A new study highlights the impact on children of having a father in jail - from domestic upheaval to their academic performance.
Of the 23 participants who took part in the study, conducted by Ashling Ryan-Mangan of Trinity College Dublin, six were fathers in jail for crimes such as murder and possession of illegal substances, with some on life sentences. Between them they have 21 children, 12 of whom are attending primary or pre-school. Five of the participants are mothers or carers, four others are professionals who have dealings with children of incarcerated fathers and six participants are primary school teachers.
According to the study, the majority of children experienced some form of upheaval in addition to the jailing of fathers, including changes relating to family structure, moving homes, changing schools, experiencing the death of a parent, parental separation, witnessing crimes committed by (and/or the arrest of) a father, and visiting prisons. The three main issues linked to academic performance are maintaining the father-child bond, discipline, and specific school-related voids left by absent fathers.
Seven of the 11 parents/carers interviewed during the course of this research decided not to tell their children, either initially or at all, that their fathers were going to or in prison. Their children subsequently found out or were told the truth. According to one mother: "He thought he worked for Santy…"
No parent reported any negative outcomes of schools having been informed of the situation but teachers describe children who appear to be preoccupied with concerns about their fathers. Almost all missed their fathers. In some cases the jailing of the father is seen as a threat to the family's security or "a shameful secret". Behavioural issues range from children squabbling, to smoking, to watching porn videos on smartphones.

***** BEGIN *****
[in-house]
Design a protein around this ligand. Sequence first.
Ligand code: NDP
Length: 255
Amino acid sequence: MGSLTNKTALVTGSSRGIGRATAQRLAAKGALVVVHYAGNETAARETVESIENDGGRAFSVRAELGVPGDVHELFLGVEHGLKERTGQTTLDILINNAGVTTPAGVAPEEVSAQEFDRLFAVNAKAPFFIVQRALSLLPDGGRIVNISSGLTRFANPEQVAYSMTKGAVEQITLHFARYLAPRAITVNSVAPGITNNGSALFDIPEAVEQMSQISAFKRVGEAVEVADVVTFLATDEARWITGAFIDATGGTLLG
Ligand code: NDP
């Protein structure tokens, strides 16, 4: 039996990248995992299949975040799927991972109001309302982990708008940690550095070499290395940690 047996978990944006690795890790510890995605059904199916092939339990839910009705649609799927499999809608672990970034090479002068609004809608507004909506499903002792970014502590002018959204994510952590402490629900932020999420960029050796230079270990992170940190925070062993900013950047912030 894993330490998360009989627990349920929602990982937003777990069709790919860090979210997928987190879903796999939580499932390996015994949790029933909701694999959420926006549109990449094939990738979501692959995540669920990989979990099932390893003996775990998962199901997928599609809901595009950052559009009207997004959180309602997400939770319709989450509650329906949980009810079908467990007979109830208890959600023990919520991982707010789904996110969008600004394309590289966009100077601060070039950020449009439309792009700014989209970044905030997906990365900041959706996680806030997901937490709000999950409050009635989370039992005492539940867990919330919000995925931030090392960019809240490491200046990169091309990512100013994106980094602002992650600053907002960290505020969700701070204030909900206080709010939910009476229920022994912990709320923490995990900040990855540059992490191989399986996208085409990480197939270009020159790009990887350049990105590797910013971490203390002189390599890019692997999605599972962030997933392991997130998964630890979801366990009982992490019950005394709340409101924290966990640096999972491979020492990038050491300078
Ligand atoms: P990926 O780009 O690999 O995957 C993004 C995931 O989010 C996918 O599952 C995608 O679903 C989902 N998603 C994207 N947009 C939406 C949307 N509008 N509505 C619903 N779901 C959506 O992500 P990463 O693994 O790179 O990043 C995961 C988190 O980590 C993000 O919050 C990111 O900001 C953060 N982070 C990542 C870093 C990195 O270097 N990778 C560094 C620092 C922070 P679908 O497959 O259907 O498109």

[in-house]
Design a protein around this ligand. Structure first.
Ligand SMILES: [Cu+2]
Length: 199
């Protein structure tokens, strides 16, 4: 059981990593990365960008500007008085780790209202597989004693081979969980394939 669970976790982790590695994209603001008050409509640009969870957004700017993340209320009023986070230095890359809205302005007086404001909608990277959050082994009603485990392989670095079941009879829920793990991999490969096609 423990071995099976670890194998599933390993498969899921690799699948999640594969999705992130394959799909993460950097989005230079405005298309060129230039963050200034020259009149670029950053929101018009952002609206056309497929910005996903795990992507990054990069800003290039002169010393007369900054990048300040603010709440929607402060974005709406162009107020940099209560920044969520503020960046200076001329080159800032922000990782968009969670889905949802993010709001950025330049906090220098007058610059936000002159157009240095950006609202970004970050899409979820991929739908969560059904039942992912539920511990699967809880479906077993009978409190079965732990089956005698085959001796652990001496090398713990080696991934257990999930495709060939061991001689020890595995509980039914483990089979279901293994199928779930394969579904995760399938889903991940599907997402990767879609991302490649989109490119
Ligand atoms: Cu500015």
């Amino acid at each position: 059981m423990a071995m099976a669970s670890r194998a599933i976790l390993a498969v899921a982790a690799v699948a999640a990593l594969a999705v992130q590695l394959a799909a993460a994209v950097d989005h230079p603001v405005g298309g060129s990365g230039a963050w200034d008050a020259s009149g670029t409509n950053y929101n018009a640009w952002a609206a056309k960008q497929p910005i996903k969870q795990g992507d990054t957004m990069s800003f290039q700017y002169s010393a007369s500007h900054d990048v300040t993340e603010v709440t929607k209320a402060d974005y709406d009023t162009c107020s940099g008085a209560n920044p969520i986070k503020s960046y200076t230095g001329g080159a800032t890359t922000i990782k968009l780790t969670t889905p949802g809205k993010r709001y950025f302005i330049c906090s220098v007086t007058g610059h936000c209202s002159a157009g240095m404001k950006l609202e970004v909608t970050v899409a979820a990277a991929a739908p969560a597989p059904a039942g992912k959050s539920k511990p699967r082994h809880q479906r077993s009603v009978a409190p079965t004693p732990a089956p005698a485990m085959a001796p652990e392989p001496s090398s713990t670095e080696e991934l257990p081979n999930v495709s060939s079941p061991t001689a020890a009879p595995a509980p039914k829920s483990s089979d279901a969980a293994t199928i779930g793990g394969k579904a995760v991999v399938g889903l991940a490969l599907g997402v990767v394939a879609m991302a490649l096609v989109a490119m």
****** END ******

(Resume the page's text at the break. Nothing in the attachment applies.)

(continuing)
"Children’s behaviour in school varied greatly," it said. "Eight participants reported cases of challenging or aggressive behaviour, described variously as ‘kicking off’, ‘acting out’, ‘running amok’, ‘lashing out’ and the like. Specific instances of inappropriate behaviour included a four-year-old kicking and exposing herself to her teacher (and explaining that ‘her body told her to do it’), a five-year-old flooding a school toilet and a six-year-old pulling pictures off the classroom walls and turning tables and chairs upside-down." Some were said to have threatened teachers while other children became withdrawn. As for homework, "there was a general consensus that it was a ‘big problem’ or, at best, ‘hit and miss’."
According to one teacher who has taught 27 children of imprisoned fathers, education can compare poorly with the apparent allure of a criminal lifestyle: "She went on to say that a lot of the boys in her school had 'Post Office accounts where the gangs would put money in and… they get little... scooters... and they run drugs. And they get maybe €50 a week for that. I mean €50 a week when you’re seven or eight… [would] buy a lot of tracksuits… So… they’re running drugs at seven and eight.'"
However, in a smaller number of cases teachers see huge potential in children who have a father in prison and the study makes a number of recommendations on how families and children can be better supported.